Last week we raised the issue of the Internet Service Providers’ Association (ISPA UK) hitting back at proposals which would make ISPs automatically filter web content, following the Independant Parliamentary Inquiry into Online Child Protection.
Today it’s been announced that the Government will begin a consultation on new measures the Inquiry advised should be put into place. One of the plans would be for customers to opt in to receiving adult content when signing up for a broadband contract rather than the current system of opting out which is not always made clear when entering into a contract. This would mean that children would not be able to readily access inappropriate websites and information. David Cameron is now due to meet ISPs to discuss the measures.
Internet companies have been accused of being complicit in exposing children to inappropriate information and dragging their feet on the issue by the Conservative backbencher, Claire Perry whilst Shadow Culture Secretary, Harriet Harman has said that keeping children safe online is a real problem and a concern for millions of parents. She continued that the Government “needs to work closely with the industry to develop blocking technology which is easy to use and effective so that parents have the control they need to protect their children”.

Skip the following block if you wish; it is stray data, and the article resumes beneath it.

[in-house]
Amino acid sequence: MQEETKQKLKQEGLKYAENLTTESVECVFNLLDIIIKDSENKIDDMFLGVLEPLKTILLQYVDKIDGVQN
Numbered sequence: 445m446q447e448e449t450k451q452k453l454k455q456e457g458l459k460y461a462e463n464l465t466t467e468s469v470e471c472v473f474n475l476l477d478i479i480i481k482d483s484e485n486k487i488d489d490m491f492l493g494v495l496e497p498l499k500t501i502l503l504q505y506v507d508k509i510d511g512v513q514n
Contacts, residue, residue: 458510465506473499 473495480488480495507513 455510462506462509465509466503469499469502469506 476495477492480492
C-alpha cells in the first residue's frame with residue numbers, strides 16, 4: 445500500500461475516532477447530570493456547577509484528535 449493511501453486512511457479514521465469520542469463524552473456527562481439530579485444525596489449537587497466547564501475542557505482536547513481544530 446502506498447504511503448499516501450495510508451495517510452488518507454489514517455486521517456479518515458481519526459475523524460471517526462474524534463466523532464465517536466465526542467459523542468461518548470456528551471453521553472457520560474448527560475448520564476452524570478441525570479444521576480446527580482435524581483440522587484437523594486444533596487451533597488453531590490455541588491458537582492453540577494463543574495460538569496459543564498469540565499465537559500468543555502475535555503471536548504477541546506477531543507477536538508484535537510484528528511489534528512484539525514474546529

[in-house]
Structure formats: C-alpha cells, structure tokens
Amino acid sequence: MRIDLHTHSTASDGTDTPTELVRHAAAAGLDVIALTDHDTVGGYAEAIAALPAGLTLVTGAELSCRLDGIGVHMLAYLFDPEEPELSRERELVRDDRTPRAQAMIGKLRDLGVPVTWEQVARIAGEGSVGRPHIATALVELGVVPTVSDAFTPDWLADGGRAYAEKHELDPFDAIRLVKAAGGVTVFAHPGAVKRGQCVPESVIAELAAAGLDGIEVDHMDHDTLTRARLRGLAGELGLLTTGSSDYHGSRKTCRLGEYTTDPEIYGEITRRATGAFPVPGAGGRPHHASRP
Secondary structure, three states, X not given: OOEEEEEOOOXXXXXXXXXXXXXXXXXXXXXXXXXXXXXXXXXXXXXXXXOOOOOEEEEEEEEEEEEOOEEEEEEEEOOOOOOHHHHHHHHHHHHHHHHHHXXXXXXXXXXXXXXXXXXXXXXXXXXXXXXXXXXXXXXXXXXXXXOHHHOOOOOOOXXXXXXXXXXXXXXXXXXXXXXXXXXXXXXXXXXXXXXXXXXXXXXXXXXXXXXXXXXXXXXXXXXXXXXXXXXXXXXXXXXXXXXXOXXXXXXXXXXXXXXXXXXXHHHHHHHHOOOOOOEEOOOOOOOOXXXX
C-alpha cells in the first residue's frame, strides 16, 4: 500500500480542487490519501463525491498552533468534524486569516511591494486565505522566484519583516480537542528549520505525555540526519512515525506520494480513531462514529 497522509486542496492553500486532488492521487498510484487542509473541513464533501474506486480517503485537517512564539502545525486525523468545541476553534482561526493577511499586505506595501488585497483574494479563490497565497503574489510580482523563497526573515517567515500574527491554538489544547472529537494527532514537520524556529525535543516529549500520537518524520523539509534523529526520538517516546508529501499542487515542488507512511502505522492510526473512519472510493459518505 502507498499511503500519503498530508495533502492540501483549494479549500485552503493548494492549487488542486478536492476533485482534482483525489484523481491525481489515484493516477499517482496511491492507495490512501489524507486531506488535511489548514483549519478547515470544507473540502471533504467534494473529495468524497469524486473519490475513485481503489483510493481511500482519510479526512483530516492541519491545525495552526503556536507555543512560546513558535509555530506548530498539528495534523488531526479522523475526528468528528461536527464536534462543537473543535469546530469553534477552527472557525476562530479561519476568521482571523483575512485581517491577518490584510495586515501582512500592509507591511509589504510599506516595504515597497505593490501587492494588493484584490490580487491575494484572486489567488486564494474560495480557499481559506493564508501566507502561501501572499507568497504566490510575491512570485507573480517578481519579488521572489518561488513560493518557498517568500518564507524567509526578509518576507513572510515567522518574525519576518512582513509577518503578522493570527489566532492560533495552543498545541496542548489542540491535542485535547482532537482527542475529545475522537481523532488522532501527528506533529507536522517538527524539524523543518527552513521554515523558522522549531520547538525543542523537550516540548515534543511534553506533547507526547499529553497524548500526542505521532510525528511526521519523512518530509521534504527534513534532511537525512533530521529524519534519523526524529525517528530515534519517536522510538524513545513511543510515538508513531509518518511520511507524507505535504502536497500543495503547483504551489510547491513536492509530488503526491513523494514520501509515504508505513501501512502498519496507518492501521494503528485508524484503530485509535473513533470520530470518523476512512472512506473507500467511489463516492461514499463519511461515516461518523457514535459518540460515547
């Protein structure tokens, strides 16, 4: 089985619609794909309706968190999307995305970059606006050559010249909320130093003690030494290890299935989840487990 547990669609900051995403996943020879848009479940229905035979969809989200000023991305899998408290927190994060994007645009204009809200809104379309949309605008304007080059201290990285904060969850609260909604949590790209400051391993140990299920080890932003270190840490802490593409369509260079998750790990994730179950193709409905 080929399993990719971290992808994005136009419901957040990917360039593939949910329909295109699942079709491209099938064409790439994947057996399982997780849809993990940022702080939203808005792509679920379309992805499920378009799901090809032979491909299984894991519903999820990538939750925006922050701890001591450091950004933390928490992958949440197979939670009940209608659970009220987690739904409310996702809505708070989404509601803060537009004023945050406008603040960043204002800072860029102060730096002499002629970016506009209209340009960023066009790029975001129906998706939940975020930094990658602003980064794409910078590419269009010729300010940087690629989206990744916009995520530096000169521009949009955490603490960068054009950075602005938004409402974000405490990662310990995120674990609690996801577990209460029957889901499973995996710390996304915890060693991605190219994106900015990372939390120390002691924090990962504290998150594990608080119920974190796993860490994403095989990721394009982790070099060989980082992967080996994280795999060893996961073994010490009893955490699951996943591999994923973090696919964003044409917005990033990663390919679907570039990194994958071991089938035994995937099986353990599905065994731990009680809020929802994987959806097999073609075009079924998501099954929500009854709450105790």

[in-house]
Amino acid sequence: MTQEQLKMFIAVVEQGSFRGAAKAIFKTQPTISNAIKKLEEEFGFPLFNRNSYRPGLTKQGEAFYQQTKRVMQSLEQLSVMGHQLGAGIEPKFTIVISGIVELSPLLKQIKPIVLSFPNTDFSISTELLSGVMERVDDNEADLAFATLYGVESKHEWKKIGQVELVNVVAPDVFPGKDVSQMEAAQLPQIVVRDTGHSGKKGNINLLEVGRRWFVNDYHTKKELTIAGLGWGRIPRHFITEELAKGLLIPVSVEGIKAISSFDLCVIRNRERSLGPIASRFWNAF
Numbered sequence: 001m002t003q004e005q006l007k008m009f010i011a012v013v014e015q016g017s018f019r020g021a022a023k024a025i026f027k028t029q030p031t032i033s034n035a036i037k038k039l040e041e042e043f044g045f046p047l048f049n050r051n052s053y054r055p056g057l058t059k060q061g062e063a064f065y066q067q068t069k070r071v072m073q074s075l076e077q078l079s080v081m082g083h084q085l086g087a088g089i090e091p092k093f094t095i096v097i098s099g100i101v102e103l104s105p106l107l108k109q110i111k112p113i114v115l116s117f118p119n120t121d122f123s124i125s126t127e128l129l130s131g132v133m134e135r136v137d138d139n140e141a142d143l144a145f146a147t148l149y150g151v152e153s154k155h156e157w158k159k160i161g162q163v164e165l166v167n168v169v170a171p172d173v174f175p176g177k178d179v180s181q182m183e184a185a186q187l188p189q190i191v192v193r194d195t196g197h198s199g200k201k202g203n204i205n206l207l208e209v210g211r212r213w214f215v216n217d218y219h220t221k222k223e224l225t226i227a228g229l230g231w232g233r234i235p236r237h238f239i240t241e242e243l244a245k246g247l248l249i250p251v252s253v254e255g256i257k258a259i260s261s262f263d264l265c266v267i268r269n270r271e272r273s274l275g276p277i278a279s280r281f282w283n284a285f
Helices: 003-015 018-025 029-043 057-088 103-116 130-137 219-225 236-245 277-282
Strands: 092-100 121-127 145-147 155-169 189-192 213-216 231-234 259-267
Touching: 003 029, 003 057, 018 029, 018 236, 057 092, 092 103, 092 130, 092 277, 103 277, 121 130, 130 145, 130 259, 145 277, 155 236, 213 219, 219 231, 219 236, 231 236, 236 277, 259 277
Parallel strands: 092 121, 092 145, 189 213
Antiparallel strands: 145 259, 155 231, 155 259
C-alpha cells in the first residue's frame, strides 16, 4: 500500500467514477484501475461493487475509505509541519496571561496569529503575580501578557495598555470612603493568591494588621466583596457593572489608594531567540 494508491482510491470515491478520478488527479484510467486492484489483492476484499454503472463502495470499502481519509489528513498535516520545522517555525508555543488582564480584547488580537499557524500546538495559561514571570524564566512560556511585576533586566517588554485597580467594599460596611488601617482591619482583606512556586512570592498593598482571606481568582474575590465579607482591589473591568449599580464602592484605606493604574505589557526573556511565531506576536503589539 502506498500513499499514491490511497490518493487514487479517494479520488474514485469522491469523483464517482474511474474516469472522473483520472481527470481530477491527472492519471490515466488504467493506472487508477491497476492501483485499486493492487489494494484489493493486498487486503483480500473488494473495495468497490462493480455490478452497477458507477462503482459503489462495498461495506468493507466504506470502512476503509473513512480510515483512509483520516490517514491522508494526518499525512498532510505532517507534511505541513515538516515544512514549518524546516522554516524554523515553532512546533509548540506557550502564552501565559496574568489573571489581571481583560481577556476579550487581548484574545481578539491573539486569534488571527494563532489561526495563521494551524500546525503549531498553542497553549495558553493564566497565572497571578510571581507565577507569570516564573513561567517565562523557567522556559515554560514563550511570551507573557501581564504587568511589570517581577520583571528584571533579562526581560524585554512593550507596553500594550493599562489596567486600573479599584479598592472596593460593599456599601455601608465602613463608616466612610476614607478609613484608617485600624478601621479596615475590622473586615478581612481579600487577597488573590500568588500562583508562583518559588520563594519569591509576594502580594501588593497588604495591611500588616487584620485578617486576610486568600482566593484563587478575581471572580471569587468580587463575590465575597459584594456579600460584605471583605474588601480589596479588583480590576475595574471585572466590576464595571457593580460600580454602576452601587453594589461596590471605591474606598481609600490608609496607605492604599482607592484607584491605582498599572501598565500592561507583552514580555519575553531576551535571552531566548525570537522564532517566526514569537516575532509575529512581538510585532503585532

In 2011, BT, Sky, TalkTalk and Virgin did say that they would offer customers the option of blocking adult content at the point of subscription.
Civil liberties group, Big Brother Watch, has called the consultation a “positive step” although it has also asked that the Government look into ways of making it easier for parents to take action rather than restricting access to websites.